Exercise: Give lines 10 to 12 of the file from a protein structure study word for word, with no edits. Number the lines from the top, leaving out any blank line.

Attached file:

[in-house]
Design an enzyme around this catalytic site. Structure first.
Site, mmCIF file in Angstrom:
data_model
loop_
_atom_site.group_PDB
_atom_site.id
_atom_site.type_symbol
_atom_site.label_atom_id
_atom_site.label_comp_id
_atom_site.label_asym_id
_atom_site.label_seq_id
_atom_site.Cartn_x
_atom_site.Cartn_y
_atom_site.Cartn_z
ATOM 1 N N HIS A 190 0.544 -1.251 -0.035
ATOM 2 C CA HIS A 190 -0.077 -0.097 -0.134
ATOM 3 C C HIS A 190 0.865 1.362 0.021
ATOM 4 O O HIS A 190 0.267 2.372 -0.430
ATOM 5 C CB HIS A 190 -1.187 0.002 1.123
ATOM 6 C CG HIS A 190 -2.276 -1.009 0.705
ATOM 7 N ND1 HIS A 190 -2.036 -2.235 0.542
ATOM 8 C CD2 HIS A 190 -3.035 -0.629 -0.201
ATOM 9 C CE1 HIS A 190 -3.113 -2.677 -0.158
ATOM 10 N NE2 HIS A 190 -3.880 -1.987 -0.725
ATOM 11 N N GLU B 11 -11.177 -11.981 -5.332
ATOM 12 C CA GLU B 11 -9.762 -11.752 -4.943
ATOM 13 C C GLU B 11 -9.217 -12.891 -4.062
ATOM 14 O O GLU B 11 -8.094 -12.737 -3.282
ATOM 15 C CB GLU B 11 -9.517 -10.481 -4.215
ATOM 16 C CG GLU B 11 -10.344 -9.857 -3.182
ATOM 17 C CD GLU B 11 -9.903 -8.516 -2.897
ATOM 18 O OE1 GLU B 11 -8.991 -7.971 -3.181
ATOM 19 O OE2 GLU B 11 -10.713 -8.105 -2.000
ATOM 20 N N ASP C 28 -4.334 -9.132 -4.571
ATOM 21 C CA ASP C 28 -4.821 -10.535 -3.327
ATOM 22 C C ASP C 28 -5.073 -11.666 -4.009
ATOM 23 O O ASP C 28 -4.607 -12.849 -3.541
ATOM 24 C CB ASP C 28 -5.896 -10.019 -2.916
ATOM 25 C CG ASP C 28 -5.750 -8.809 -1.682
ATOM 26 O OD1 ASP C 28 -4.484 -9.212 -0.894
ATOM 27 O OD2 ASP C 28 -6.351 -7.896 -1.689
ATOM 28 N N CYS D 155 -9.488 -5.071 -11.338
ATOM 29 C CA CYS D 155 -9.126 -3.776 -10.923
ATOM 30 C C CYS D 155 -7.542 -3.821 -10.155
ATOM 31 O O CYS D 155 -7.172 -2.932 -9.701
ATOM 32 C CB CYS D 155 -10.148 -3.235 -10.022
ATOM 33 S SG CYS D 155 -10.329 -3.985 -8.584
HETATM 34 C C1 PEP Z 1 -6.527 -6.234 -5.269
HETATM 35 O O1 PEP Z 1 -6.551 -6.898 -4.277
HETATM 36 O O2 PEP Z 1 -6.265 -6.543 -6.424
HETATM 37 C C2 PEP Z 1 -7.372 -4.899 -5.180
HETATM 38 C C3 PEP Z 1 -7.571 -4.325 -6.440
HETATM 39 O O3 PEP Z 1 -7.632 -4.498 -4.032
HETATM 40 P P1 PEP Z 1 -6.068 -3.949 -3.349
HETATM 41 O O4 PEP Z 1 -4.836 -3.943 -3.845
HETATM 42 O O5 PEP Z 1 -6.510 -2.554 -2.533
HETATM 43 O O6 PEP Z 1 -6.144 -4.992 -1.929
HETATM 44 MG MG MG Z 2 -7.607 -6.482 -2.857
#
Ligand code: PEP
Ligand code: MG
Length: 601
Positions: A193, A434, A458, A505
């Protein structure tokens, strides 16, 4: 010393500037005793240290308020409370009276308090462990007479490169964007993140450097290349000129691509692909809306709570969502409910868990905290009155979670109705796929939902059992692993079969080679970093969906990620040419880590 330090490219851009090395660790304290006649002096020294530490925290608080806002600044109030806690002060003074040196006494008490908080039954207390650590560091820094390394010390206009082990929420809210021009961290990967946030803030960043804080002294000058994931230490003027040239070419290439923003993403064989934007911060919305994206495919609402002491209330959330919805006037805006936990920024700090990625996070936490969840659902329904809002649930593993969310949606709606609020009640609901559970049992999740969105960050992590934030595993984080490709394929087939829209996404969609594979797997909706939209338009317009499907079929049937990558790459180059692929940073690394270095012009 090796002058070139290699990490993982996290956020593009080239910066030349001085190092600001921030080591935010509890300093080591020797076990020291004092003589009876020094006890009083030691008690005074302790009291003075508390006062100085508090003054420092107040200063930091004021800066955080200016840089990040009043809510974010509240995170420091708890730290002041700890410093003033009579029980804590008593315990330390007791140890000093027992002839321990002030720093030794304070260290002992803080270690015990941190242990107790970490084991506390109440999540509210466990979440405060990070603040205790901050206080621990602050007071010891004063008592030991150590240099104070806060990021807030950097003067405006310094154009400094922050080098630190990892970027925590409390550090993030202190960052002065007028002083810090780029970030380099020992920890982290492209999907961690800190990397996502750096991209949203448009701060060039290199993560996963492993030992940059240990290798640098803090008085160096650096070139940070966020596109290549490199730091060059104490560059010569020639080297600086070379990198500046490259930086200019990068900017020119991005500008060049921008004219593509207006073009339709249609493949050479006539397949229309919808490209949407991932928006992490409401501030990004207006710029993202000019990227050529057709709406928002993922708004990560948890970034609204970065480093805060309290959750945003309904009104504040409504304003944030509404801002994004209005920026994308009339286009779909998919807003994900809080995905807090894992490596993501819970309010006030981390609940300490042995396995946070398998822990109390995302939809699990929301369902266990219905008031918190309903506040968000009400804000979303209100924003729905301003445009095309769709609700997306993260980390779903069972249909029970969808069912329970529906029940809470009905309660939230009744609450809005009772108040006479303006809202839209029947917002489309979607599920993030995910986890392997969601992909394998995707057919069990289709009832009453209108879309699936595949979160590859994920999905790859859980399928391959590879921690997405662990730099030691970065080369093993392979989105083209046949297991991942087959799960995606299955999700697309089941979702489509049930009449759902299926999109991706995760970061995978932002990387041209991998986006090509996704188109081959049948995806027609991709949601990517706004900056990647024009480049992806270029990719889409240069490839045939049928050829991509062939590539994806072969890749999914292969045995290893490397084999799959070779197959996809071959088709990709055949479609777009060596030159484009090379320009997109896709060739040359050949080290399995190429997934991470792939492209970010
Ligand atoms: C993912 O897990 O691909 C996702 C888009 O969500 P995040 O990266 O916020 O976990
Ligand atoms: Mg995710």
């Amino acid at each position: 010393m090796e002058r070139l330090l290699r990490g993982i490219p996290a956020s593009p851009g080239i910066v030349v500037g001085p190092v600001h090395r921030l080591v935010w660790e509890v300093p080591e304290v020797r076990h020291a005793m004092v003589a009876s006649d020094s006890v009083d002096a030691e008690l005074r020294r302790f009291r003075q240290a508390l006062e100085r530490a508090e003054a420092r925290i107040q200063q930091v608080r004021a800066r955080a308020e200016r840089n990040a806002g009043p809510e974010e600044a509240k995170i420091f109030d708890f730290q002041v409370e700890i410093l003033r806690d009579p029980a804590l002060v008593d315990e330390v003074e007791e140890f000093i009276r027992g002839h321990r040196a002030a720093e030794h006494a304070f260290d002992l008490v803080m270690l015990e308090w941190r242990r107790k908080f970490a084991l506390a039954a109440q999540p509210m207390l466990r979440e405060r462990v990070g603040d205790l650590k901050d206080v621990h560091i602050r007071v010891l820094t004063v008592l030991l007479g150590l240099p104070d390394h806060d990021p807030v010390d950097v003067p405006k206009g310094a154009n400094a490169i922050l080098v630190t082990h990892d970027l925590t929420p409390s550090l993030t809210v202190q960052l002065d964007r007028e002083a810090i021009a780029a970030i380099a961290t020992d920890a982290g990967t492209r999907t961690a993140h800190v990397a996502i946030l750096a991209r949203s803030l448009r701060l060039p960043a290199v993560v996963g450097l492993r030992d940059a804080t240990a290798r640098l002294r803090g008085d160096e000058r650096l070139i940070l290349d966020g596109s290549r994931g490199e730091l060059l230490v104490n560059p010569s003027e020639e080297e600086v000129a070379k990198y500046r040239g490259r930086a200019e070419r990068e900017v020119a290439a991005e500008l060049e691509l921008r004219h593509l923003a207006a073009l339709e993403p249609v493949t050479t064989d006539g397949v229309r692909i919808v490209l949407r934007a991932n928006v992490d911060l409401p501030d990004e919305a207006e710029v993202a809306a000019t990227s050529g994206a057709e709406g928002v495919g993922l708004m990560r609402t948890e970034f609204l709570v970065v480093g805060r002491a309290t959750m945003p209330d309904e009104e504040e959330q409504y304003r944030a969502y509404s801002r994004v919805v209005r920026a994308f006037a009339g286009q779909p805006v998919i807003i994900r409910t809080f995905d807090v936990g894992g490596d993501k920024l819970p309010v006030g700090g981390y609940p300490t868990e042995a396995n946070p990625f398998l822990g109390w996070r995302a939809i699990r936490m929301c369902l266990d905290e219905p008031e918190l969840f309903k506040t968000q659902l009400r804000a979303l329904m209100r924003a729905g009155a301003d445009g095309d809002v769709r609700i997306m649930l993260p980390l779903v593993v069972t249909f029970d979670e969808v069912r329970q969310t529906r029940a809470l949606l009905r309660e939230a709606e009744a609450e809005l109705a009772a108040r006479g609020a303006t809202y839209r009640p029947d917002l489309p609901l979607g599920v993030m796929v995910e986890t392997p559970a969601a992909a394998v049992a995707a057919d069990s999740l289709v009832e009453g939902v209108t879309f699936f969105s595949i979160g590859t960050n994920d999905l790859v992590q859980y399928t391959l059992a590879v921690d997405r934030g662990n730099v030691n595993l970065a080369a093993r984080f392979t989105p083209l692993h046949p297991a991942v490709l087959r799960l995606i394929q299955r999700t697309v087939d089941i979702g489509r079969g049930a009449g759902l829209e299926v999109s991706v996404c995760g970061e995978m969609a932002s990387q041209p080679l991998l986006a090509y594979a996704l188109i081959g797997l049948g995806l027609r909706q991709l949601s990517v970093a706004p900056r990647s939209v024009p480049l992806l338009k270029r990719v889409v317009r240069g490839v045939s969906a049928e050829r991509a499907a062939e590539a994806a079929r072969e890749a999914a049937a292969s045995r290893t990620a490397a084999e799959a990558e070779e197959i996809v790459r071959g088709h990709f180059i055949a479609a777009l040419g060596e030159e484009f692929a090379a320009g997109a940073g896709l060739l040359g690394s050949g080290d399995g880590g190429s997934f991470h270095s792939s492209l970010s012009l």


_atom_site.label_comp_id
_atom_site.label_asym_id
_atom_site.label_seq_id